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The three from before and some of their kin were watching us. They stood in a clump just under the entrance to Unity Square like a military squadron waiting to be reviewed. They had a scrap of cloth in front of them. One of them looked at me meaningfully; the one next to the first one was looking at a third, who stared at the cloth. I would have given them money anyway, but I gave them more to be safe.

“I’d always seen these before,” she said slowly, “but I never knew why they were here. I wondered why no one painted over them.”

“It’s for—the edge people,” I told her. “People like—like me, I guess. We’re the only people who notice when one of us dies, and we remember them.”

The walls of the courtyard were covered in graffiti of candles and lightbulbs and lightning, and there were dropped lighters and empty matchbooks and half-burnt matchsticks and half-smoked cigarettes strewn all over the sidewalks. It just looked like the dirtiest park in town.

“It means that we see them go,” I said. “We leave a light to guide their way.”

“At night, this is the best-lit park in town,” she said. “By day, you come here to get mugged; by night, you can stop here to take a break from getting mugged. It’s always been quite the conundrum.”

“Yes,” I said.

She shouldn’t have known that.

I asked her where she heard it, and she smiled a little wryly. “People talk,” she said. “I’ve always spent too much time surfing the internet for—weirdness, I guess you could say. Urban legends. My degree is in folklore, which gave me the research skills the company thought they could use.”

It made sense, but she still shouldn’t have known that. “Don’t you want to see which one is yours?” I asked, which is a thing she should have known. I—I knew a lot of people who had died, and they all said they could feel what had been left them like the sun on their faces. Benevolent magic is like that sometimes.

“Show me?” she asked.

And that was a thing she should have known. And it should have told me, but I didn’t want to listen; I wanted to let my friend feel the sun on her face one last time.

The watchers disappeared from behind their scrap of cloth one by one. We were left alone.

*

We waited some more—all research is like this, the questioning and then the long, slow waiting to find something useful.

Three weeks after the fall, Briar came to pick us up in his terrible cab and take us to the other side of Peter’s shop.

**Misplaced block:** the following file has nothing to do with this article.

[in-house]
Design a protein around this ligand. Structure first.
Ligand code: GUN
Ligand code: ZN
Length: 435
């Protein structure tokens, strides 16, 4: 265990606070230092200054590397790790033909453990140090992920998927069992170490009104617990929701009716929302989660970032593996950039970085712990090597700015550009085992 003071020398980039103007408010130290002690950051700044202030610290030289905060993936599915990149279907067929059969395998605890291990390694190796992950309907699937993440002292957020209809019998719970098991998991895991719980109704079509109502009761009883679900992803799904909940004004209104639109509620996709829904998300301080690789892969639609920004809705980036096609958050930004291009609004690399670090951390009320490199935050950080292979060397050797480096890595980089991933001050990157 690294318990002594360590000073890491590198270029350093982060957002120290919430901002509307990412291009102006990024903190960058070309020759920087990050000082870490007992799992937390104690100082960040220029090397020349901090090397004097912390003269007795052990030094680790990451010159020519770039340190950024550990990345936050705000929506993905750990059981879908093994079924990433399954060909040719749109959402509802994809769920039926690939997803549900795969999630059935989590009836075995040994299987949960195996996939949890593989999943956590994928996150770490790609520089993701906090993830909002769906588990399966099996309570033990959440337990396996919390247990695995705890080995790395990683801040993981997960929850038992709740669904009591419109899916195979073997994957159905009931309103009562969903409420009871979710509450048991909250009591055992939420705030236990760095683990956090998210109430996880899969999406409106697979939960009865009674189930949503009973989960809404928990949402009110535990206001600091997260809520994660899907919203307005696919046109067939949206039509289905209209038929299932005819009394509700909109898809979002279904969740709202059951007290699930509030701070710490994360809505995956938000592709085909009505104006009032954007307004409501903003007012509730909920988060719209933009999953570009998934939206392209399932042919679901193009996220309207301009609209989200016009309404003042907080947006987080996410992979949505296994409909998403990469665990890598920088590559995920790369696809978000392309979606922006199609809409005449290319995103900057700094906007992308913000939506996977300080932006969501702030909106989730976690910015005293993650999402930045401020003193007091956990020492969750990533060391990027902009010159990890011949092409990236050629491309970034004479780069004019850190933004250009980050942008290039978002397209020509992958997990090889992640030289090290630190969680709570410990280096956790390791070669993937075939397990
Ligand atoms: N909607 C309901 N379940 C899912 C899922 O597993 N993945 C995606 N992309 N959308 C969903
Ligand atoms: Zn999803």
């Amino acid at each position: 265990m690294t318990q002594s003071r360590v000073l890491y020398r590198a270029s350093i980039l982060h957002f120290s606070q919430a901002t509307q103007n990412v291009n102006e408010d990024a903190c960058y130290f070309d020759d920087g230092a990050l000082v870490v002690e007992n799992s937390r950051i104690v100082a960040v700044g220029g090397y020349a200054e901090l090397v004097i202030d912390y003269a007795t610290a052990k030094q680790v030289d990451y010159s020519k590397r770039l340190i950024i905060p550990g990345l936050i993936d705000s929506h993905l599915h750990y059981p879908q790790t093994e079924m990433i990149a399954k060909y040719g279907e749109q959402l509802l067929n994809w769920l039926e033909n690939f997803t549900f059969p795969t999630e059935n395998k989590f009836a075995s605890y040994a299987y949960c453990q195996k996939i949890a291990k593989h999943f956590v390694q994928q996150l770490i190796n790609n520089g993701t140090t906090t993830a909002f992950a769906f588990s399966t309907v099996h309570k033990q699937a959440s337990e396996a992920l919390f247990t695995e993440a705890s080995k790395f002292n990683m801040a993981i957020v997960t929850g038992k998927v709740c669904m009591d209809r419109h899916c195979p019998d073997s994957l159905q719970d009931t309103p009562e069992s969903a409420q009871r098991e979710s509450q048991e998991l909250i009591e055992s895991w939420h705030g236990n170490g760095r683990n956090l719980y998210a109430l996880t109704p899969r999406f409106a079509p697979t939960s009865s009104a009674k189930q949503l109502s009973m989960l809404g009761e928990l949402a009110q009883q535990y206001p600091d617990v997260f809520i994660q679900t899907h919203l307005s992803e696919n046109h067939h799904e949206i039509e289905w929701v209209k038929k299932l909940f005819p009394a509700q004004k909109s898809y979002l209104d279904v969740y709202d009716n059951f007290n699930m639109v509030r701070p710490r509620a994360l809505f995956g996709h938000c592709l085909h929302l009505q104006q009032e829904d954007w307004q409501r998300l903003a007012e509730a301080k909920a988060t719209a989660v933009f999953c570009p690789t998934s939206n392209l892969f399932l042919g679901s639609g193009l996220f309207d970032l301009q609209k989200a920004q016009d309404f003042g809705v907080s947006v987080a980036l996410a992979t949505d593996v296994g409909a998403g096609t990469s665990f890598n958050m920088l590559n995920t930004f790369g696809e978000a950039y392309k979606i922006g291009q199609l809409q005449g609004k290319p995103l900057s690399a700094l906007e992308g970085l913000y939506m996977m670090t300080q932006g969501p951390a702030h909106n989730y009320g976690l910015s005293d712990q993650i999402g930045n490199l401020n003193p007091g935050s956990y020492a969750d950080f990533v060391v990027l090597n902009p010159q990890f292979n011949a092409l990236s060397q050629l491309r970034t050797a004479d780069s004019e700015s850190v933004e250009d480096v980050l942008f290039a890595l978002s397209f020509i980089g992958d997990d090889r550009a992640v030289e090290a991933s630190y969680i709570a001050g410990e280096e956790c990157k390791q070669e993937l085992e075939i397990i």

“Long time no see,” he said. “Rumors were going around you were trying to get out of the whole business, even, people said you got so tired you decided to pretend you’d woken up.”

I couldn’t help myself; I reached through the window and slapped him, nails curved in to leave red lines on his face.

“Fair enough,” he said.

Her hand hovered over my wrist. The chill reminded me that we had a job to do, so to speak. “I’m sorry,” I said. “It’s…been a long…while. But you know I never thought I was dreaming.”

Briar smirked. “I don’t know anything.”

We got in the back of his cab. She was surprised that she could brace herself against the frame of it, sit comfortably in the seats without concentrating on where she stopped and it began.

“It’s a magical carriage, Cinderella,” Briar said, watching her in the rearview mirror. “No worries about turning into a pumpkin here, no matter how close it gets to midnight. Just one of the many services I offer.”

“Gross,” she said lightly, masking her shock well. She hovered over my hand, reached for my cheek where the mark of her touch was still obvious and red.

It still hurt. I leaned away. “Scenery’s different, but you’re not,” he said, still watching us. “Sorry, Cindy. Ain’t no cure for what ails you.

Suddenly she was almost clear, practically invisible in the seat next to me. I could see a line of her around the edges when the cab drove through shadows, a pale glow where I knew she had to be, but that was all.

“Why, Briar?” I asked tiredly. “Why do you always do this?”

“You think it’s simple, but it isn’t,” he said. “You help everyone who comes to you if they come to you after there’s no real helping them, and you think it’s enough. You could do more. Everybody knows it.”

“And everybody tells you?” I wanted to slap him again, but he was ready for that now.

“They don’t have to.”

He gestured with his right arm, which looked, thanks to the spells on the car, like a normal human arm, but which I knew was skeletal all the way up to the shoulder, where the flesh started like nothing was different about it. “I know what you could have done,” he said. “And yeah, what you do is better than having to wade through a city of ghosts, but it sure as hell don’t make me want to like you, so I don’t.”

“Fair enough,” I said.

I could feel her listening hard from the halfway place she’d dragged herself off to, but she didn’t solidify until we pulled up to Peter’s shop and Briar’s car opened its doors to kick us out.

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